In this post I’m going to mention a few tall relevant things that came across my mind at OCE Discovery 2016, Ontario’s premier technology showcase. I’ve attended the conference for a couple years now as my mass customization research is funded by the Ontario Centers of Excellence. While the conference isn’t exactly CES, there is nevertheless some truly extraordinary stuff.
To get things started off, Spencer West gave a motivational speech. If you haven’t heard of him, he’s the guy with no legs who climbed Mount Kilamangero, Africa’s tallest mountain. His most apt motto is, ‘redefine possible’. When standing on his arms, which he walks with, he is 2′7″ tall. Interestingly, the title of his best-selling book is Standing Tall: My Journey. To see the word ‘tall’ used as such a positive metaphor, it gives me more appreciation of what it is to be tall. And as far as the challenges, these seem minuscule compared to what Spencer West overcame.
The theme of the conference for the last couple years has been disruptive technologies. Last year this was covered by David Roberts of Singularity University and a couple managers from Uber and AirBNB. This year there was a discussion panel on driverless cars and the main keynote speaker was JB Straubel, Tesla’s CTO and co-founder. It was no surprise then to find a Tesla S70D on the showroom floor. I sat in it and I can tell you that, while it has decent legroom, the head room is not so good. This will probably be the case for most electric vehicles given the emphasis on efficiency and thereby low weight and aerodynamics. Evidently, we tall people are going to have to wait a while before we can begin to curb our own emissions. Though, perhaps another disruptive technology could speed this up…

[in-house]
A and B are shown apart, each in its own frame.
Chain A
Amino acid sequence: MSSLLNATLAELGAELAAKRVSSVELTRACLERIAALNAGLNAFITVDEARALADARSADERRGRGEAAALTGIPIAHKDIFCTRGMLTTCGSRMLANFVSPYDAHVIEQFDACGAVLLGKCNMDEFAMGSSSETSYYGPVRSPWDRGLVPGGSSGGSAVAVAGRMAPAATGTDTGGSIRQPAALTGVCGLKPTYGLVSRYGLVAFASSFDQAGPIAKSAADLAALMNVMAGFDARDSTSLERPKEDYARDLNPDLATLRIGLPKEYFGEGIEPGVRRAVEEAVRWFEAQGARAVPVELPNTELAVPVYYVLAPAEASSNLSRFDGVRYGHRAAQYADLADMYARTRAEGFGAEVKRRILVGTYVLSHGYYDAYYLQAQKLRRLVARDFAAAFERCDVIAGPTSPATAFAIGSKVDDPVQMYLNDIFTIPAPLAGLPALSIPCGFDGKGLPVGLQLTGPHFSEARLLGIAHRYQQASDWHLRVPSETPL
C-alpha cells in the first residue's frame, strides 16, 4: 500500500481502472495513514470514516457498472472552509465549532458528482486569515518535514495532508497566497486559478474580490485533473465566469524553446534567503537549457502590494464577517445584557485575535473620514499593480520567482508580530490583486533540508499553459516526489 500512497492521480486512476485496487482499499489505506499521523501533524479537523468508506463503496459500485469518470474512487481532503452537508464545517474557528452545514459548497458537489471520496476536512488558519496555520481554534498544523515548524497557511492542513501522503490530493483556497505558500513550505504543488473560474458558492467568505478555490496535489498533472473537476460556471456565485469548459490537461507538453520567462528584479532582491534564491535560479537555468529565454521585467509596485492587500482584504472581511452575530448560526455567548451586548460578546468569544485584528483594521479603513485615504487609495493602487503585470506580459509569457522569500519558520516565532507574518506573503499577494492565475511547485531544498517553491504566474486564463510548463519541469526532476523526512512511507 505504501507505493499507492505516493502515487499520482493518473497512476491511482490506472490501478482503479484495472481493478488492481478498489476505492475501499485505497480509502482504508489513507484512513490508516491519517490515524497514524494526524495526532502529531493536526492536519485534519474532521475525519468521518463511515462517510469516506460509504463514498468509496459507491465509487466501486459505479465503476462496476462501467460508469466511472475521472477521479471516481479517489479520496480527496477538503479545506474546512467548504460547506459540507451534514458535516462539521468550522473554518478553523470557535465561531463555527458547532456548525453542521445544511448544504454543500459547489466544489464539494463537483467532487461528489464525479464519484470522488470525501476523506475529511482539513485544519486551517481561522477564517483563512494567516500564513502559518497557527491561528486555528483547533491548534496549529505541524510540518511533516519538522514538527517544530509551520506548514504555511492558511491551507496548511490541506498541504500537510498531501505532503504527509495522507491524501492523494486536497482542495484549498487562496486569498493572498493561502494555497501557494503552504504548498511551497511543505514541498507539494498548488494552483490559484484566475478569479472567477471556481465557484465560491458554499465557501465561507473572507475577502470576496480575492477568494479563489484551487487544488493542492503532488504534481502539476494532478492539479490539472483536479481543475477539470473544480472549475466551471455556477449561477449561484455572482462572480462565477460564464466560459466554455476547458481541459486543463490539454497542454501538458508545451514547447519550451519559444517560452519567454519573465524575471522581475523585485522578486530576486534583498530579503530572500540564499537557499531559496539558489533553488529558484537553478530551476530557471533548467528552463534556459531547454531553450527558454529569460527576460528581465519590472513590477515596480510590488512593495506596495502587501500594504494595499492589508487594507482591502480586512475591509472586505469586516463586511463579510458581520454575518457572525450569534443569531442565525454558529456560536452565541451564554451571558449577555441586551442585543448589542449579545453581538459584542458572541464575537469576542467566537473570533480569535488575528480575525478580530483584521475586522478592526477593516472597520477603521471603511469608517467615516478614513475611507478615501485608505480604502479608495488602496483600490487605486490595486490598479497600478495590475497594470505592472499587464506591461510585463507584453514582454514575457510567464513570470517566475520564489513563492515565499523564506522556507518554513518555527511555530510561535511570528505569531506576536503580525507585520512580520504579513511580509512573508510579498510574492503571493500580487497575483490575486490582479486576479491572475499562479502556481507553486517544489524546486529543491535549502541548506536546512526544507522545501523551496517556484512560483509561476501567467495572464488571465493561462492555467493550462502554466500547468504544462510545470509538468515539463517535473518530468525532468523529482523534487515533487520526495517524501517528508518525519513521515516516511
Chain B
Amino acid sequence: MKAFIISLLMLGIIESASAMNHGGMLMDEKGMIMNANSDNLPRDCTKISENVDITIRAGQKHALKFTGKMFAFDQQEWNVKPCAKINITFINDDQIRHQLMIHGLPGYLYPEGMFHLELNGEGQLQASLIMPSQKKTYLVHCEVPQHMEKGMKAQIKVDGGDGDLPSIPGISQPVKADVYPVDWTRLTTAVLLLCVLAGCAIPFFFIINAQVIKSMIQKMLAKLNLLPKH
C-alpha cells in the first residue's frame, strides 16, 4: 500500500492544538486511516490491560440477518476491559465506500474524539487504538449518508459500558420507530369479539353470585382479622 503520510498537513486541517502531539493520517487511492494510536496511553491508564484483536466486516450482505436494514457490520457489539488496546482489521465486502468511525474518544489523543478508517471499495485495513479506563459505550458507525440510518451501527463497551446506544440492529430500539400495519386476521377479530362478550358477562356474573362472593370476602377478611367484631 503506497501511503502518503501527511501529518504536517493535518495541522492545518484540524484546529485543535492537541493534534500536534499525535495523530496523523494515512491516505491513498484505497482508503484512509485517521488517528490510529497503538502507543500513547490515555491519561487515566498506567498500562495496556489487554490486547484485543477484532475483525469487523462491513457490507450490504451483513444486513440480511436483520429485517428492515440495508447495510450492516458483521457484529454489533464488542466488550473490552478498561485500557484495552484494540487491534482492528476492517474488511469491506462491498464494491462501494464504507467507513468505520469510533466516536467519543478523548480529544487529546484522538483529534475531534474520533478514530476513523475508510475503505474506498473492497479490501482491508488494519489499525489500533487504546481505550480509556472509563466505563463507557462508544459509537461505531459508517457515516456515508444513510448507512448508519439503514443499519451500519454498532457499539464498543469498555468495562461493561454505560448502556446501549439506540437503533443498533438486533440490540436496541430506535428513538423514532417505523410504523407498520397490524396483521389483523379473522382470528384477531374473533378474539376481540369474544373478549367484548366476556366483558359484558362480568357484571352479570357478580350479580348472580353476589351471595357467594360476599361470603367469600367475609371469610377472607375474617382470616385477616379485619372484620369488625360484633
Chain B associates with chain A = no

There were a lot of companies working on various forms of 3D printing present. 3D printing has the potential to make the world a whole lot more tall friendly. This will include the clothes and shoes we wear, but also the cars we drive (Urbee may be the first 3D printed car), and even medical devices.
And speeking of medical devices, I happened to sit next to someone who is designing catheters for heart procedures. I asked him what was the tallest person they were designed to work for. He didn’t know, but admitted they probably wouldn’t work for Yao Ming. I’ve got his card and will be following up on this discussion.
Other than that, there was a lot of other fantastic stuff there, like the ARAIG gaming suit (claimed to have a size suitable for tall people). More generally, there were drones, water purification systems, various social innovations, and so on. Perhaps the most fun part for me though was riding a helicopter simulator built in an actual Bell 206 cockpit. What a blast it would be to have one of those at home. Of course I would need to raise the roof, as just like cars, helicopters are built for near average body size. But as I say, perhaps this is going to change!